While Cheyenne isn’t exactly local or Frontier Days anything to do with life at Paradise Ranch, I thought I’d share some of my favourite photos from my little holiday off the range. I’ll be back with ranch business tomorrow, promise!

Saturday, July 21, 2012

Kids' Stuff, Part 2

Continuing on the kiddy theme, today I’m writing about arguably one of the stupidest activities at the ranch, chicken chasing. The brainchild of our rather nutty children’s counsellor Meg, this Saturday morning madness has become one of the most popular spectator sports at the ranch, with parents lining the round-pen fence to watch their kids get an early start on animal abuse.

I’m joking, of course - no animals are injured in the course of this event, and if anything, the Paradise hens are getting quite used to being picked up. And there’s some chicken lovin’ involved as well, with the chooks getting their fair share of gentle pats.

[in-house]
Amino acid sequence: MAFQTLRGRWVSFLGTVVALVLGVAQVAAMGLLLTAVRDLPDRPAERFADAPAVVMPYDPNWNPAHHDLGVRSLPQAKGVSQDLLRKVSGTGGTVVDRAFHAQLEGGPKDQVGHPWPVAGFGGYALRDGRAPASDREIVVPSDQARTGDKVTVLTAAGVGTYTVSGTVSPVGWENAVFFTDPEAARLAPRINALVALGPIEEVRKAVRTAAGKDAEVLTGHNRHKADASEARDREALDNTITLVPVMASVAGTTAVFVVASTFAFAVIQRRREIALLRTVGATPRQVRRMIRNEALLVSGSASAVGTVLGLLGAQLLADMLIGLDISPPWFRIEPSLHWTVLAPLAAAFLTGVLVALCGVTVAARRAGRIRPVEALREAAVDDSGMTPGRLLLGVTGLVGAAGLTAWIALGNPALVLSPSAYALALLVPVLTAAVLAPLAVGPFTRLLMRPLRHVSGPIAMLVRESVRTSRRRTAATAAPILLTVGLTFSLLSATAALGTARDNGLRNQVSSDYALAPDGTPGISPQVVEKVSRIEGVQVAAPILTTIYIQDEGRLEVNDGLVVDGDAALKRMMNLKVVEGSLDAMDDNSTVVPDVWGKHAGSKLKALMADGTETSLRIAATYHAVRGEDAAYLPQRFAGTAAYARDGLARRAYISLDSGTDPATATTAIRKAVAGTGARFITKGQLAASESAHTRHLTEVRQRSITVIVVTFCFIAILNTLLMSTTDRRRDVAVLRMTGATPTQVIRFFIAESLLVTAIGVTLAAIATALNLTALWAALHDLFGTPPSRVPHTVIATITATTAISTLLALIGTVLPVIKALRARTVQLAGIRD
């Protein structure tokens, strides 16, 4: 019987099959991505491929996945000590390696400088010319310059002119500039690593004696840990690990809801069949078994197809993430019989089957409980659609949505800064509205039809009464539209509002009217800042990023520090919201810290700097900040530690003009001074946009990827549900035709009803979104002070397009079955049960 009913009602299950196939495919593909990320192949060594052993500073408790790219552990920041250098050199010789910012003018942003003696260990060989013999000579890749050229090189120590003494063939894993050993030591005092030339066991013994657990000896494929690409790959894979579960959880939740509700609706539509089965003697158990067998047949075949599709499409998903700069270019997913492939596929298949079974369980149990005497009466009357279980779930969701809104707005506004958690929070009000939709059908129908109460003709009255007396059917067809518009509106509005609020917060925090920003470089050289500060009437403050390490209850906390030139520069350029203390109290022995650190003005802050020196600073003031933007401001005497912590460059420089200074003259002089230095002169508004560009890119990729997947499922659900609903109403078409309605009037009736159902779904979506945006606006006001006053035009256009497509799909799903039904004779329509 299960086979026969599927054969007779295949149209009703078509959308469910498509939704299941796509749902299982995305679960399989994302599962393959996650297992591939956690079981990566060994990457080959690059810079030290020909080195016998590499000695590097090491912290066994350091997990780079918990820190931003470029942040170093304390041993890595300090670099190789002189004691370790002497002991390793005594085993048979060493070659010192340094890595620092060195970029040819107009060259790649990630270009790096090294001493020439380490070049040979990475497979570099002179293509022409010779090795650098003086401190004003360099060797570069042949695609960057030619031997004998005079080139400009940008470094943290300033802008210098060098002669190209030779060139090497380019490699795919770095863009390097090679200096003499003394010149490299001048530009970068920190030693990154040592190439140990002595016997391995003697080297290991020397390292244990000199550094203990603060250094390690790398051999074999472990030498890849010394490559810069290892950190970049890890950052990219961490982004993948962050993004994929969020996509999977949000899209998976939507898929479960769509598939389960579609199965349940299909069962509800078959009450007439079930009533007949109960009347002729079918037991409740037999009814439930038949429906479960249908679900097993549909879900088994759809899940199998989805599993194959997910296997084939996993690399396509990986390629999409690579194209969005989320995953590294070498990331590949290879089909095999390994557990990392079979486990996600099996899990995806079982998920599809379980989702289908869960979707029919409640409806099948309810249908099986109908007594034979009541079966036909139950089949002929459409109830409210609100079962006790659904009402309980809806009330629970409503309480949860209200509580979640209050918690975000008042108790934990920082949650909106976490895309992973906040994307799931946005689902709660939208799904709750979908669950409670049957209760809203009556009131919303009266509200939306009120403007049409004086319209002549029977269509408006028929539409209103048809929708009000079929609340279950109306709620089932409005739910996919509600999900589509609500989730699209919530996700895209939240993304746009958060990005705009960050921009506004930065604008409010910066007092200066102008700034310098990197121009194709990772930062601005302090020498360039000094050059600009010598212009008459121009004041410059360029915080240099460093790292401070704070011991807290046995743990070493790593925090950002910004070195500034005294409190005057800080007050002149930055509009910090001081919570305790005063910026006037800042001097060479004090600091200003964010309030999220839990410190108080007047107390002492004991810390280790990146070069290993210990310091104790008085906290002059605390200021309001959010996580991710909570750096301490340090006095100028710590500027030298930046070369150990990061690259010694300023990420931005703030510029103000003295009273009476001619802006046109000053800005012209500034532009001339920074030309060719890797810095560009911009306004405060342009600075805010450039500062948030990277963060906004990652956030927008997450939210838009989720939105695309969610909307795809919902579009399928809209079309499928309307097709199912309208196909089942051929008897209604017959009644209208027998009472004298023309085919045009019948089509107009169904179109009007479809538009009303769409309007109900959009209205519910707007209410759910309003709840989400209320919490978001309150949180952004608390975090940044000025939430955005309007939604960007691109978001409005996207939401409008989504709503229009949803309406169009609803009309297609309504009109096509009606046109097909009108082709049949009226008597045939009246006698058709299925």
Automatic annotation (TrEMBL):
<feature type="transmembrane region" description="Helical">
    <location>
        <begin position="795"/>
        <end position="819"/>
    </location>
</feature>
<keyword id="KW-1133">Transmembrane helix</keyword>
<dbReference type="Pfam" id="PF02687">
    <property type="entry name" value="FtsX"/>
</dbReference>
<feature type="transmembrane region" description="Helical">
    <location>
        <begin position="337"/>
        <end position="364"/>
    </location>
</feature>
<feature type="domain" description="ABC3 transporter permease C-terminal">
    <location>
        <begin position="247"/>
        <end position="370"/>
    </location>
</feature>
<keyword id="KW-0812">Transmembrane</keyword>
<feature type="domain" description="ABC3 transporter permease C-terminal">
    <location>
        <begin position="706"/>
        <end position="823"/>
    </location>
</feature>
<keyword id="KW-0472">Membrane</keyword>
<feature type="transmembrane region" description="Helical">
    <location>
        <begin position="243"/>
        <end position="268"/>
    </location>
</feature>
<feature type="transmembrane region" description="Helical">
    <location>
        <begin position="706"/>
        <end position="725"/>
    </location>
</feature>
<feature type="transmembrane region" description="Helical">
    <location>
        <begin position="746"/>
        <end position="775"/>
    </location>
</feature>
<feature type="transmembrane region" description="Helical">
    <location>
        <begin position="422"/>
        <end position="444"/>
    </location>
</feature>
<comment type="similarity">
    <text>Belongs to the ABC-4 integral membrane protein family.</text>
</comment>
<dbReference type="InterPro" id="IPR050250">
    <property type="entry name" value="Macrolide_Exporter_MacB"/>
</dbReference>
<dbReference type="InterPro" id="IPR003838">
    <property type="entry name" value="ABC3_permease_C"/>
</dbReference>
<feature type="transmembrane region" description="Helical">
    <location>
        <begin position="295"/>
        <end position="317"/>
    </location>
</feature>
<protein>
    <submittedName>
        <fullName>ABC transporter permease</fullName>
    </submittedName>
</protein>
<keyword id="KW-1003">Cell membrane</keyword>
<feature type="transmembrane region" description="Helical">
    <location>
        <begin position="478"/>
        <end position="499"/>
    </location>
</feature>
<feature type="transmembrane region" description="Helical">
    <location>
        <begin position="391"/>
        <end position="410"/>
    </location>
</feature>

Meg has devised several ridiculous chicken games, starting with the classic, 'Catch the Chicken'. Self explanatory, really. This is followed by her take on the children’s game, ‘Duck, Duck, Goose’ ... only it’s ‘Duck, Duck, Chicken', with the chosen child having to chase a chicken and catch it, bringing it back to the circle before the other kid.

Finally, there’s a slightly insane game called ‘Chicken in a Hen House’. The children pair up, a larger child and a little one, then they run around before having to do one of five pair positions: Lovers Leap (a piggy back), Chicken in a Hen House (the little one kneels on the big kids’ back), Chicken Bridge (hands joined in the air), Escaping Chicken (little one goes between the big one’s legs) ... and of course, Chase the Chicken. The last pair who completes the task is eliminated. 

For the record, the Paradise chickens are given a big feed of grain and put into their palatial hen house at the end of the event. They love it. Trust me.

Friday, July 20, 2012

Tween Camp

It doesn’t seem that long ago that I was 12 years old. Seriously. I remember how great it was to get away from my parents with other kids, that feeling of freedom of camping out and doing generally inappropriate stuff away from overly watchful eyes.
I also remember my own child being 12, and how happy I was to palm her off onto someone else for a night.